Financial advisors often use Monte Carlo simulation in their financial planning process, which (as is commonly found in major financial planning software packages) traditionally presents the results of the projection in terms of probability of success or failure (with ‘success’ being defined as an iteration of the plan where the client doesn’t run out of money, and ‘failure’ signifying the opposite).
However, some commentators have taken issue with this framing, particularly as it concerns the way that Monte Carlo results are presented to clients. Most significantly, the ‘success/failure’ framing fails to capture the reality that retirees, when facing an unlucky sequence-of-returns scenario which could result in their running out of money, can and often do make adjustments to their spending that allow them to avoid that unfortunate outcome.
To better reflect this reality, the phrase “probability of adjustment” has emerged as a commonly suggested alternative to “probability of success”. While representing an improvement over the original, however, “probability of adjustment” itself can be prone to ambiguity and misinterpretation without being clear about what type of adjustment might be needed, and what the outcome might be if that adjustment weren’t made.
A Monte Carlo simulation can tell us, with the benefit of hindsight, exactly which iterations of a plan would have ended with the retiree running out of money. But in reality, retirees do not have the ability to know which iteration (if any) they are on, and in many instances will likely make adjustments in cases where, in hindsight, no adjustment was strictly necessary. As a result, simply replacing “probability of success” with “probability of adjustment” when communicating Monte Carlo results can significantly underestimate the likelihood that a client will actually make an adjustment at some point, since clients (and advisors) do not have the benefit of knowing when an adjustment is ‘truly’ necessary.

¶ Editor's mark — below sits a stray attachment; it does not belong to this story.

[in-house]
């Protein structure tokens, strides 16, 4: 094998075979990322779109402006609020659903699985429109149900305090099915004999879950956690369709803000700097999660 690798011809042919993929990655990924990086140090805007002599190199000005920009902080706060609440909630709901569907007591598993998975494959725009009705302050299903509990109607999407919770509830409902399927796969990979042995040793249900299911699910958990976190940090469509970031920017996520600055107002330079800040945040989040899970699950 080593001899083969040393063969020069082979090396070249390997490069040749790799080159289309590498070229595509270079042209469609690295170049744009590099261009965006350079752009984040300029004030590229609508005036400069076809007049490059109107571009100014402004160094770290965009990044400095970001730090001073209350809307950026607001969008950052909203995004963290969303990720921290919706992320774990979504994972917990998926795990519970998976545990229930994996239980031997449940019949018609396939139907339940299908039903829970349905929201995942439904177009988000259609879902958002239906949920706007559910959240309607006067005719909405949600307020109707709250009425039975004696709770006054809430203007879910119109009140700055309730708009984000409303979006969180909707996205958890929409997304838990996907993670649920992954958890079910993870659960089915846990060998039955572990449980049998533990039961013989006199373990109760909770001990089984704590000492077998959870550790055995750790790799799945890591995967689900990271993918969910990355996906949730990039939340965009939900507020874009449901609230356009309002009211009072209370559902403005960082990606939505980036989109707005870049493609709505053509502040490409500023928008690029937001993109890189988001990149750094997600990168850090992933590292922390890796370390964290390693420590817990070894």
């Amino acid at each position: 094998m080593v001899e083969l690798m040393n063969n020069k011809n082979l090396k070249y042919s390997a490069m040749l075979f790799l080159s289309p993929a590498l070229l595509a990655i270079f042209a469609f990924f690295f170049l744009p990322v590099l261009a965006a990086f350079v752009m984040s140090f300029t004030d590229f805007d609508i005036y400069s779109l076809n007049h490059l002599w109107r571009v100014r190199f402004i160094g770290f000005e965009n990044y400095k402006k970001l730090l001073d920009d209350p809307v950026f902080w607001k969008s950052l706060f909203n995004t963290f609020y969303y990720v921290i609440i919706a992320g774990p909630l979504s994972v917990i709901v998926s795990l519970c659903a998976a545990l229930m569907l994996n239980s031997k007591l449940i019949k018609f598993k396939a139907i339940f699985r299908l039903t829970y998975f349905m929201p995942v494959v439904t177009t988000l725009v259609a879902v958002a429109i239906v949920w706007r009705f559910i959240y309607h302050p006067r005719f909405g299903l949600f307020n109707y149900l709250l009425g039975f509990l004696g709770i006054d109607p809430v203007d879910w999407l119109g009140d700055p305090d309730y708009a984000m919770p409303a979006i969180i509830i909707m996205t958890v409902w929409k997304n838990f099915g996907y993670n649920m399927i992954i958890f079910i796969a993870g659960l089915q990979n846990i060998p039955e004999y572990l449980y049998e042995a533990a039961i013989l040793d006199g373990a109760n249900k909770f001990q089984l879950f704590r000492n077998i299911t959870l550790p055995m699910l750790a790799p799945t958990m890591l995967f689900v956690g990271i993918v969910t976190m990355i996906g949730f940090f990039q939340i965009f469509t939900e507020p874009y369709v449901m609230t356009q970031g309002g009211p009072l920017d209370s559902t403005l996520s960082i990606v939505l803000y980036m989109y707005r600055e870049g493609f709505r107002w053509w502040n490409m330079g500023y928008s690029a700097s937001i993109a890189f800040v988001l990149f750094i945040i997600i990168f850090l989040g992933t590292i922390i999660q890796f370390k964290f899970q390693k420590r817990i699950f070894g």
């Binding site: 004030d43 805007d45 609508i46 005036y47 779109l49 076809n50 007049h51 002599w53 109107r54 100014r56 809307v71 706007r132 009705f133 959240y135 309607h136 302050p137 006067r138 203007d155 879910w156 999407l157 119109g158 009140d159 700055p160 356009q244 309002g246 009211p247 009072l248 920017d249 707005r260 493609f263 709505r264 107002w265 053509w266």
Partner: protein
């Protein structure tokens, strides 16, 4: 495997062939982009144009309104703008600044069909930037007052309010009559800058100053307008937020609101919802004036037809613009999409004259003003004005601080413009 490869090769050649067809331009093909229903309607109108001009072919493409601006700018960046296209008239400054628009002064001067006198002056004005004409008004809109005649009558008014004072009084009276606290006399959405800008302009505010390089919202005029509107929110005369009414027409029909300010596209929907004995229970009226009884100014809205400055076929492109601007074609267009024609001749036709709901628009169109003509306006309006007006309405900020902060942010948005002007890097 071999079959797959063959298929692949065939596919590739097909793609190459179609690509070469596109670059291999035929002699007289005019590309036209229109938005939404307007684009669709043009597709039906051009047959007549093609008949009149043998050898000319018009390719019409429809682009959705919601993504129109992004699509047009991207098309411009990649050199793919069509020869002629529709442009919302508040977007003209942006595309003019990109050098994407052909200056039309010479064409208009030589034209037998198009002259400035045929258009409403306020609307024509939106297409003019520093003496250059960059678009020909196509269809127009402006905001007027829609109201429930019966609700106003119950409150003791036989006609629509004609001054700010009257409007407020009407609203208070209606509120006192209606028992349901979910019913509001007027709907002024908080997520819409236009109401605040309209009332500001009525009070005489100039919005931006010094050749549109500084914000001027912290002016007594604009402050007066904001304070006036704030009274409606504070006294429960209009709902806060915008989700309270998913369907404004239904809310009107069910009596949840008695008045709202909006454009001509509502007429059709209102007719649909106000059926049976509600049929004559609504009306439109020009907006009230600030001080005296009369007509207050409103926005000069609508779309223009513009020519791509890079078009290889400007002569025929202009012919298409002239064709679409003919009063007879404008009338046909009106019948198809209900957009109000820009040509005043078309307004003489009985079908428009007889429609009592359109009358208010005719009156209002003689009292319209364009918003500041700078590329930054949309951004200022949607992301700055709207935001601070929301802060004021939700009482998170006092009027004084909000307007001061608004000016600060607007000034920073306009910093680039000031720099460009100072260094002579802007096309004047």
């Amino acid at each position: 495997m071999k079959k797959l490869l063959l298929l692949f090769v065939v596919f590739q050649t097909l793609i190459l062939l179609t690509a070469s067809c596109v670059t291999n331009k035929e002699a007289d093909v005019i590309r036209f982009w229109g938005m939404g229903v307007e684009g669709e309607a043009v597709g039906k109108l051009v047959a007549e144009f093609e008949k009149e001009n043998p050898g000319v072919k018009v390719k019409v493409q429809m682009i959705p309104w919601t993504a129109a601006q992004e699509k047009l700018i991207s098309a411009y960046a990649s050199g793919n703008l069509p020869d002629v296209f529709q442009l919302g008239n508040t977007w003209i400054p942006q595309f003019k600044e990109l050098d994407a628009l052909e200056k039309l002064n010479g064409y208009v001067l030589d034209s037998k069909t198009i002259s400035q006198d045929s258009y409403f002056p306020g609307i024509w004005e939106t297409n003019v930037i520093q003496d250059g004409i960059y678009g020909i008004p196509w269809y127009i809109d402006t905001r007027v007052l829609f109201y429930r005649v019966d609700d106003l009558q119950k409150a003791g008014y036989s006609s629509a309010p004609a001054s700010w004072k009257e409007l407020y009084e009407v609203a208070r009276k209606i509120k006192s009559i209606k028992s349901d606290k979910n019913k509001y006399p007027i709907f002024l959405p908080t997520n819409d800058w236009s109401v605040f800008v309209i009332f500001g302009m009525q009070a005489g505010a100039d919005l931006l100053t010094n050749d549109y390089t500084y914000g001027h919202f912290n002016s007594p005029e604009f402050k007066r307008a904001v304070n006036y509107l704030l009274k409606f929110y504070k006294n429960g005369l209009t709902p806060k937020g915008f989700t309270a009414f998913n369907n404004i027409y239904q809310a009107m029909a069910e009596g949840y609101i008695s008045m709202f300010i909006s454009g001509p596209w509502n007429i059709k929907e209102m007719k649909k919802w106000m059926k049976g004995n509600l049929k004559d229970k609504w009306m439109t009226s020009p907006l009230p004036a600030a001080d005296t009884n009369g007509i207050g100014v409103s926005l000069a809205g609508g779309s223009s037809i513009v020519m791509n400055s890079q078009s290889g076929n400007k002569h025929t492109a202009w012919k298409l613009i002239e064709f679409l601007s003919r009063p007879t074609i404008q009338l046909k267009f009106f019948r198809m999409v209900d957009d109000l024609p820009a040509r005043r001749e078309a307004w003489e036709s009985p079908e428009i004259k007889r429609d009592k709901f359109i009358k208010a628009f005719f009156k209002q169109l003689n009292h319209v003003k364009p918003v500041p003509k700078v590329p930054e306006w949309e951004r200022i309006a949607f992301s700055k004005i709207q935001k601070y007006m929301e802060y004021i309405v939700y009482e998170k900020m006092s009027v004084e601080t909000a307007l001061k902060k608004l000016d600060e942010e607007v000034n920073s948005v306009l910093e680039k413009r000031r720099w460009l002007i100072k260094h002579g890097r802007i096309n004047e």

Likewise, if an advisor were to recommend a dynamic spending strategy based on Monte Carlo simulations (such as adjusting spending to maintain a constant probability-of-success level), the “probability of adjustment” framing can skew even further from reality, since preserving a consistent probability of success often calls for relatively frequent adjustments in spending. For instance, maintaining a 70% probability of success level – implying only a 30% probability of adjustment – would in reality have required downward spending adjustments in nearly 100% of all historical scenarios, which would understandably have caused confusion for many clients if the advisor had used the standard “probability of success/adjustment” framing!
Ultimately, the key point is that outcomes, not probabilities, are what matter to clients, and any way of communicating Monte Carlo results should be clear about what those results mean in terms of real spending to the client. Though “probability of adjustment” is an improvement over “probability of failure”, it can still greatly underestimate the probability of actual spending adjustments, especially when dynamic spending strategies are involved. In those cases, it may make sense to avoid framing Monte Carlo results in terms of probabilities entirely, but rather to communicate in terms of the actual dollar spending adjustments that would be triggered in specific scenarios – which is what really matters to the client in the end.